When you were in 5th grade and first read about Helen Keller, did you imagine what it was like to be her? Did you go into a silent room, close your eyes and move the fingers of your one hand in purposeful ways into the palm of the other, trying to conjure up a life with no sight and sound; human experience without a connection to the people whose hands touch you? And did you ever day dream about that moment in Helen’s childhood when moving fingers in her palm created a lightning bolt of meaning? There was the second before when her life was a dark closet and there was the moment right after that, when she opened a door and stood at the threshold of the real, glorious world, recognizing for the first time her connection to it. I can’t think of a human experience except birth that might compare to what she gained knowledge of in one instant. Not even stepping on the moon seems like it could compare.
When Jesus talks about the Kingdom of Heaven, which he does a lot, I think everyone who stops and listens must be like Helen Keller standing before that closet door.
He says in the Kingdom the last will be first and the first will be last. How? We live in a world of winners and losers and we can hardly imagine another.
When we have everything we want we smile a self-satisfied smile and pronounce ourselves “blessed”. But then, Jesus says we have it backwards: it’s the poor, the meek and the mourning who are really blessed. Then he pronounces the Kingdom of Heaven, the whole bright earth and comfort itself as theirs. Again--how? The looming threat of trading places with them is the most powerful motivator there is in the world that we know. While my heart trembles with longing to “see” His Kingdom I really can’t understand what Jesus is saying about a way without fear and the place he wants to take us.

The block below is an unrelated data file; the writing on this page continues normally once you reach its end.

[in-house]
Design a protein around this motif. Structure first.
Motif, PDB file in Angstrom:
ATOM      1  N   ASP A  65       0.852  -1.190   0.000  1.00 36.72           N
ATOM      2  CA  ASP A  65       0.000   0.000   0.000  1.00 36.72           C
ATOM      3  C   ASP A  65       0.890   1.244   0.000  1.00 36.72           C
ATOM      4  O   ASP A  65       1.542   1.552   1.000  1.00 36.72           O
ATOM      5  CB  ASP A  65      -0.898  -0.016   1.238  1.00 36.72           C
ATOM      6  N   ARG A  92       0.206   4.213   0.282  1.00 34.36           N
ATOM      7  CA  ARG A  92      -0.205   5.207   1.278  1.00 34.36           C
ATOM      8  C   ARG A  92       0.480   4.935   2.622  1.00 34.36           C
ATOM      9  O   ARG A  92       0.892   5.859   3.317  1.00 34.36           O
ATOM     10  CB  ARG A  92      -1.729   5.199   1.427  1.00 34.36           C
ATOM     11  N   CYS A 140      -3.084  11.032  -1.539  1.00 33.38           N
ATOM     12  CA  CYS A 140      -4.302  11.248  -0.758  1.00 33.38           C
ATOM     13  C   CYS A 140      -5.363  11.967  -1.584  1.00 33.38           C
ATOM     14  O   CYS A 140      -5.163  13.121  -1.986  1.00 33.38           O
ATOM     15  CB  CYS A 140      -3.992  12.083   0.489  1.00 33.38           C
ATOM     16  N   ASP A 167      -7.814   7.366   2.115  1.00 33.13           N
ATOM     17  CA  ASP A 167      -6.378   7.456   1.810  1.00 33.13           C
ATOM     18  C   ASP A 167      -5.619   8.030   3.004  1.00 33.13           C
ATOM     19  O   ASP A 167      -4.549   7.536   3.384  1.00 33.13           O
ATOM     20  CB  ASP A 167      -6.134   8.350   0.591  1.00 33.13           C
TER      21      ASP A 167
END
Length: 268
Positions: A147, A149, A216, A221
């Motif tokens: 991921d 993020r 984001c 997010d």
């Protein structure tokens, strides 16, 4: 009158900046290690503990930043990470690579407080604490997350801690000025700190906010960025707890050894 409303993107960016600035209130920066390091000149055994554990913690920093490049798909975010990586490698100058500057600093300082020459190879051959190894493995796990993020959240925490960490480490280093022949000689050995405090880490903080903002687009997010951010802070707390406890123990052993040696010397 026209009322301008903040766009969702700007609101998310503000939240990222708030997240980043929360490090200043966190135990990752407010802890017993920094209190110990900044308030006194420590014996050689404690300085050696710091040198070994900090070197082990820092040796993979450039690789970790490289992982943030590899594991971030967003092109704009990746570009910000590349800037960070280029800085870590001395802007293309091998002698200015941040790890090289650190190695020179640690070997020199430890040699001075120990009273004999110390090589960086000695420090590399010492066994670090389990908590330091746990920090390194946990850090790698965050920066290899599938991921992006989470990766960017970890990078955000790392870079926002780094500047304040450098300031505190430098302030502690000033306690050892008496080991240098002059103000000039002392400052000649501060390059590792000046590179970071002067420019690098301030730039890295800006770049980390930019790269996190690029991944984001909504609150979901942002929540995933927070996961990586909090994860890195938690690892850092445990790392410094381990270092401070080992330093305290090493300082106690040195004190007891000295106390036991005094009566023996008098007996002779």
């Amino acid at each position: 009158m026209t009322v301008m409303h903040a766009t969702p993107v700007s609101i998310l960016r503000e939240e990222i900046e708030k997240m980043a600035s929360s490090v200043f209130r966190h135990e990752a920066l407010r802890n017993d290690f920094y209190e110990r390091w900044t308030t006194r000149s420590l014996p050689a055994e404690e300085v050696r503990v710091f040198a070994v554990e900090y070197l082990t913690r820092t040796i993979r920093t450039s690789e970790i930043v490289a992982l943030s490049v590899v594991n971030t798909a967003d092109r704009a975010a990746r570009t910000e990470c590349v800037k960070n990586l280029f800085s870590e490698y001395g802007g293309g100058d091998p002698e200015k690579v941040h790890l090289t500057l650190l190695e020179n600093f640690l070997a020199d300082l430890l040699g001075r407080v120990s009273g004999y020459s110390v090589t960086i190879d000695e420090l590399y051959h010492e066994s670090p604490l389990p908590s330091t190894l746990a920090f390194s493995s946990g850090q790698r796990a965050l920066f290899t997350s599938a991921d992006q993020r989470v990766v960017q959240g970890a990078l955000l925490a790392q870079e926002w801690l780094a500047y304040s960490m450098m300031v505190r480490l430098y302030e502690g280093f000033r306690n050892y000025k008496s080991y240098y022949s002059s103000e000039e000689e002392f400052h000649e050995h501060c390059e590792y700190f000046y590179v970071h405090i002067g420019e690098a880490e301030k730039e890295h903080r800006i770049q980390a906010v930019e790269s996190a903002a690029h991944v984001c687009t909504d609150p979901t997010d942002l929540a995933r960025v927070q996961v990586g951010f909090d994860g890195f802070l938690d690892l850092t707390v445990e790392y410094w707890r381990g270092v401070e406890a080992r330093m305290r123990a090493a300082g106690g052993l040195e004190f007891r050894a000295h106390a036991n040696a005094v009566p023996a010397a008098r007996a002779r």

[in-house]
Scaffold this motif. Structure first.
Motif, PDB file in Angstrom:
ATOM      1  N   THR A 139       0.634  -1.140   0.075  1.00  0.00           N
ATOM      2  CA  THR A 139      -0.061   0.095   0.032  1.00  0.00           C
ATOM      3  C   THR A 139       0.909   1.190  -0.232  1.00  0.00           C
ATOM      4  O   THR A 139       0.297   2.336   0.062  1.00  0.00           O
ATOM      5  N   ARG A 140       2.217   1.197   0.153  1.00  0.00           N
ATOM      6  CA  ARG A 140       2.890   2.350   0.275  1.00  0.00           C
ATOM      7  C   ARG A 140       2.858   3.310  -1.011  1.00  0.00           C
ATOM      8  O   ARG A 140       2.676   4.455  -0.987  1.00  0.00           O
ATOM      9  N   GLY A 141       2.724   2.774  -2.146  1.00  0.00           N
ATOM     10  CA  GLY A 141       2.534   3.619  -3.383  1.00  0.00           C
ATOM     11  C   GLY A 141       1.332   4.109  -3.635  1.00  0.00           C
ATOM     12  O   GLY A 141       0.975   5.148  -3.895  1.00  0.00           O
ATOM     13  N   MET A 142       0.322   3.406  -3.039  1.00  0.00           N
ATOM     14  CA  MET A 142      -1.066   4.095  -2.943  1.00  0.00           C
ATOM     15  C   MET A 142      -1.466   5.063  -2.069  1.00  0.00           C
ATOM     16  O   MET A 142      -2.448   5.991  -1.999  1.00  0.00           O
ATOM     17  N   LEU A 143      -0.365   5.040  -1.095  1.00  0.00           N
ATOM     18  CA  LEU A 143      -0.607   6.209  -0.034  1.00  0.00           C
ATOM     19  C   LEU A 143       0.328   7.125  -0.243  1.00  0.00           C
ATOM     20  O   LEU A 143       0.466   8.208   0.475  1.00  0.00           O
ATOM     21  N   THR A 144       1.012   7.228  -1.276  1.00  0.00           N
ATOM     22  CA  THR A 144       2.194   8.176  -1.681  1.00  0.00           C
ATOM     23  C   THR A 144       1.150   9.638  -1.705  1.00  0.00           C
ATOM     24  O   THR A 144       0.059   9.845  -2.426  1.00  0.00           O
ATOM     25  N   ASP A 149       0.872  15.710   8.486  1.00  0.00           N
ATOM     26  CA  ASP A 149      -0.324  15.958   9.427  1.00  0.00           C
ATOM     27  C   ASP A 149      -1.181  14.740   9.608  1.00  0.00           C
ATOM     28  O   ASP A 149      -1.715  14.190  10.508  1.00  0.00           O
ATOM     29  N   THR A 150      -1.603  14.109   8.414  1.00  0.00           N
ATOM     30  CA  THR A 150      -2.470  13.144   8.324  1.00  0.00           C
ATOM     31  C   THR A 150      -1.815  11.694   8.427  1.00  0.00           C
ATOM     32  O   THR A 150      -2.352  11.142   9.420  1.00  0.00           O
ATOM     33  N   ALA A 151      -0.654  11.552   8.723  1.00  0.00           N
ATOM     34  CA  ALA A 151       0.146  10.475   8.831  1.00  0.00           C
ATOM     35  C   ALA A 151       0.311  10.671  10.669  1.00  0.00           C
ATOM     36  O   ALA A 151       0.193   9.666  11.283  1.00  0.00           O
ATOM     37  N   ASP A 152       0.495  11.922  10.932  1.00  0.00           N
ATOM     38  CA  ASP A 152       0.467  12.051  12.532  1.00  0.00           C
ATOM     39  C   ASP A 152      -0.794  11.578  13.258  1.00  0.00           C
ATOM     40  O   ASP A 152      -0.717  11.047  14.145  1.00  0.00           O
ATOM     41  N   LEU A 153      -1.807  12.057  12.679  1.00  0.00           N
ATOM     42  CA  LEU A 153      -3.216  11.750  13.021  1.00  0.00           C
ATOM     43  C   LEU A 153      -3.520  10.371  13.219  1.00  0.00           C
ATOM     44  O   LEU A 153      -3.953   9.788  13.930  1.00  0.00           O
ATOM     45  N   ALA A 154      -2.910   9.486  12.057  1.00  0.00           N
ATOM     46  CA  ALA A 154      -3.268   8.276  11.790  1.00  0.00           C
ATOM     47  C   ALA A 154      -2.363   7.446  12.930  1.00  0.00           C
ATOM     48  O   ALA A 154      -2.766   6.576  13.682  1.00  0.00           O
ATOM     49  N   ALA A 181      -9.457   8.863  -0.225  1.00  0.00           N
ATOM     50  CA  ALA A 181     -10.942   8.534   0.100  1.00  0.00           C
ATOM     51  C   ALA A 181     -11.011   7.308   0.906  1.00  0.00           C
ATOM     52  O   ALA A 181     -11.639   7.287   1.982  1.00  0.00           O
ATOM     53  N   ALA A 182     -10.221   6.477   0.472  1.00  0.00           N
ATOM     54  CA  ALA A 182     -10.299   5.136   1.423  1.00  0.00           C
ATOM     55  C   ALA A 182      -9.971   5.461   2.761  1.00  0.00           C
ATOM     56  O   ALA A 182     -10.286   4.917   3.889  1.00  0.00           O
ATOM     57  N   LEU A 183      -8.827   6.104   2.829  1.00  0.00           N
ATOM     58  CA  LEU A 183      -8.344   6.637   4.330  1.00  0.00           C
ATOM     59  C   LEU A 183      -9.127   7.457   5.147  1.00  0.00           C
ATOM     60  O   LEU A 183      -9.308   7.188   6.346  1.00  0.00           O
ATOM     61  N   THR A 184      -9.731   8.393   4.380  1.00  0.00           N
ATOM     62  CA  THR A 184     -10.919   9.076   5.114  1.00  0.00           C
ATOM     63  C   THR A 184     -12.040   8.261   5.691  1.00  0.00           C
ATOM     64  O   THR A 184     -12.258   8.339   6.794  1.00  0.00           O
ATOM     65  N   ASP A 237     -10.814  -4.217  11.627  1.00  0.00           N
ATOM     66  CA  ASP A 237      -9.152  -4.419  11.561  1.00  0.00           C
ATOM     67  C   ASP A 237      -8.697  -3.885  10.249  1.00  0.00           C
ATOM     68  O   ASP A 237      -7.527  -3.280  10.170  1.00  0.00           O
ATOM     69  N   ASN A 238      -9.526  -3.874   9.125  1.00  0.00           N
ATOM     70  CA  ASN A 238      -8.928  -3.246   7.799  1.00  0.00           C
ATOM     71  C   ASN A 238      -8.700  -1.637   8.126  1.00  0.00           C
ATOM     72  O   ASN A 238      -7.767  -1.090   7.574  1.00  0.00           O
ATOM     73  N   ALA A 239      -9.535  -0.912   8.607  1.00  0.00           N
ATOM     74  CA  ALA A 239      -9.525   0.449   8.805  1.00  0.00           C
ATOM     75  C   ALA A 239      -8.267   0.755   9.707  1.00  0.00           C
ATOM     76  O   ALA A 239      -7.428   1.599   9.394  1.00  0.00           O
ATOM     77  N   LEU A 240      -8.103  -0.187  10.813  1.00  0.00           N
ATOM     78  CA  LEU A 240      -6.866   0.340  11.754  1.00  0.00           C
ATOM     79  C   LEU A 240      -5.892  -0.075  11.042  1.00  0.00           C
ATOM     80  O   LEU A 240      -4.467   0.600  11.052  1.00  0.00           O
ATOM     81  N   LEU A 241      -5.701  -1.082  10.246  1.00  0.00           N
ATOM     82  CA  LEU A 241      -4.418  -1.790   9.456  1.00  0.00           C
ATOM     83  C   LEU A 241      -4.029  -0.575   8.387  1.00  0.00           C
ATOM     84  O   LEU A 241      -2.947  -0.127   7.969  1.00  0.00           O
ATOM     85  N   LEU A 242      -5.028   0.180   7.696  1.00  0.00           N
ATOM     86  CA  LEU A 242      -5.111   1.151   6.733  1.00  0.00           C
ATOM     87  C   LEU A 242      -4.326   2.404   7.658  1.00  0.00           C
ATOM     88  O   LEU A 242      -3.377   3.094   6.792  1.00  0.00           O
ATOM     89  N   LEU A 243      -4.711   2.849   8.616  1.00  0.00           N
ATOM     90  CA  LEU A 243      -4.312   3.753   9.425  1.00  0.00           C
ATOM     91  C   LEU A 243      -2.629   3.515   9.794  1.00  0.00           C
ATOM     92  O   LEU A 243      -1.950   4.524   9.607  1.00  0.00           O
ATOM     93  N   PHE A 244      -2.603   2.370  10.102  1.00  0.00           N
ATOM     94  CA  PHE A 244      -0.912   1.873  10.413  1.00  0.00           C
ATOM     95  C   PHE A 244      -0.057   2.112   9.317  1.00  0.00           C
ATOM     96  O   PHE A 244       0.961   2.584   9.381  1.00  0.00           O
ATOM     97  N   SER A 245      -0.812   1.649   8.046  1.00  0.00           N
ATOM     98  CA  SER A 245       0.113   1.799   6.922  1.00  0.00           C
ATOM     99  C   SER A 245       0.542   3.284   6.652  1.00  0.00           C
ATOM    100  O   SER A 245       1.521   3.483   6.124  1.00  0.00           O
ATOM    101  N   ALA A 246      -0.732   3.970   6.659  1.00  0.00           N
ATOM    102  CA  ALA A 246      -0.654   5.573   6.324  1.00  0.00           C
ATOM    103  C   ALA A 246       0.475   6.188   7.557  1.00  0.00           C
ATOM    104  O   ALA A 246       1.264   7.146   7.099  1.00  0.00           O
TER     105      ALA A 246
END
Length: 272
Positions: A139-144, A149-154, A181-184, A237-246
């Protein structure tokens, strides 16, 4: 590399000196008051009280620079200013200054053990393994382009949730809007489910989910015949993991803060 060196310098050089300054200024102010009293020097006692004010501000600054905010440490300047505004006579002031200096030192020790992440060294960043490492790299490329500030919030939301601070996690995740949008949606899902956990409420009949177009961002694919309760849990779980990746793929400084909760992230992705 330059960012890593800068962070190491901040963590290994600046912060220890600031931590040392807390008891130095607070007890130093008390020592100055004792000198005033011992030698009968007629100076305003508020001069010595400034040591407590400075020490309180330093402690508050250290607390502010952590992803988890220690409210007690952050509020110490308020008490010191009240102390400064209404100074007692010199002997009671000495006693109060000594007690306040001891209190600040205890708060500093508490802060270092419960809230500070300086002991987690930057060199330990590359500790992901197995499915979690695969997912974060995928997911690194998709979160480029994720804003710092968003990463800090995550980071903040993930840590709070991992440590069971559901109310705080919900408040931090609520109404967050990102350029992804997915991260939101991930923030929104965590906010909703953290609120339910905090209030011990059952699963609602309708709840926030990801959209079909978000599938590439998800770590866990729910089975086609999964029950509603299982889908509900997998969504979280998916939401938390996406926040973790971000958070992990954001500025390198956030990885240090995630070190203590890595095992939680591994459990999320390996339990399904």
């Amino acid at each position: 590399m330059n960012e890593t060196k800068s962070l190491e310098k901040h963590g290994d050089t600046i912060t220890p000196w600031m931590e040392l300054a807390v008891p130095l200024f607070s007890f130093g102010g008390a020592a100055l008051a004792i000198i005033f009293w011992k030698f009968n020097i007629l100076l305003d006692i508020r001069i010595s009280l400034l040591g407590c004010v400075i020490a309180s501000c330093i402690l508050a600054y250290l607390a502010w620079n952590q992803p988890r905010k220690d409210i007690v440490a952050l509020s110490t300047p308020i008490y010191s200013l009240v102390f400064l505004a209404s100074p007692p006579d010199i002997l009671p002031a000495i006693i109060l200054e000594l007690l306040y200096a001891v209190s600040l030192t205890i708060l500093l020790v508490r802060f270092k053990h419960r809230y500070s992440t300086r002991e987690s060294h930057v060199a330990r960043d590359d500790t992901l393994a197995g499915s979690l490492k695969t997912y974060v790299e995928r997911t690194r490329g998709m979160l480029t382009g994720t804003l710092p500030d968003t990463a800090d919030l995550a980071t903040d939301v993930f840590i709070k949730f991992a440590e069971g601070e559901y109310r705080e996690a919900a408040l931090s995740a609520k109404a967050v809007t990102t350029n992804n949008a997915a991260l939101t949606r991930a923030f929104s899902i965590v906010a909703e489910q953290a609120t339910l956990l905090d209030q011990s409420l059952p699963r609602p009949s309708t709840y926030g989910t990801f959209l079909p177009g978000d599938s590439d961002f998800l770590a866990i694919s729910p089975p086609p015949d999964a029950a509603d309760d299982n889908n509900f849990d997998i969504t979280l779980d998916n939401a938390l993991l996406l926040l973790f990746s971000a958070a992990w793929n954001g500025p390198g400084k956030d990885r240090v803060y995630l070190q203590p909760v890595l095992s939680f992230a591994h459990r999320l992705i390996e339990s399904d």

So Jesus sighs, settles back into the middle of summer and tells us stories while holding a handful of seeds. All through July at church we’ve been reading his seed stories. I’ve spent hours and hours thinking about them and about a place I have never been while preparing to preach about it as if I had.
From what I can gather from the stories he’s told, it must be that the Kingdom of Heaven is as common as grass but we miss where to look for it because we can only imagine heaven as costly and far away. The Kingdom must be something that germinates in the sun, with water, with love and room. Also, it begins as something very small and fragile but grows until it towers above us giving, shade, life and food.
Jesus’ stories are like fingers moving in my outstretched palm. Blind and deaf, I try to understand what he means while only trusting three things with any confidence.
First; in Jesus’ words there is real life and the real me.
Second: my longing to finally wake up and understand what he means is my faith and I should trust it like a compass instead of swatting it away like a foolish pipe dream.
And finally, “the kingdom come and God’s will being done” isn’t about polished shoes, right doctrine and good behavior. The closest we can get to it is on a lazy, July afternoon, pondering Jesus’ stories--- his fingers moving in our outstretched hands and hearts while we laze in the grass, listen to the wind and try imagine our real home.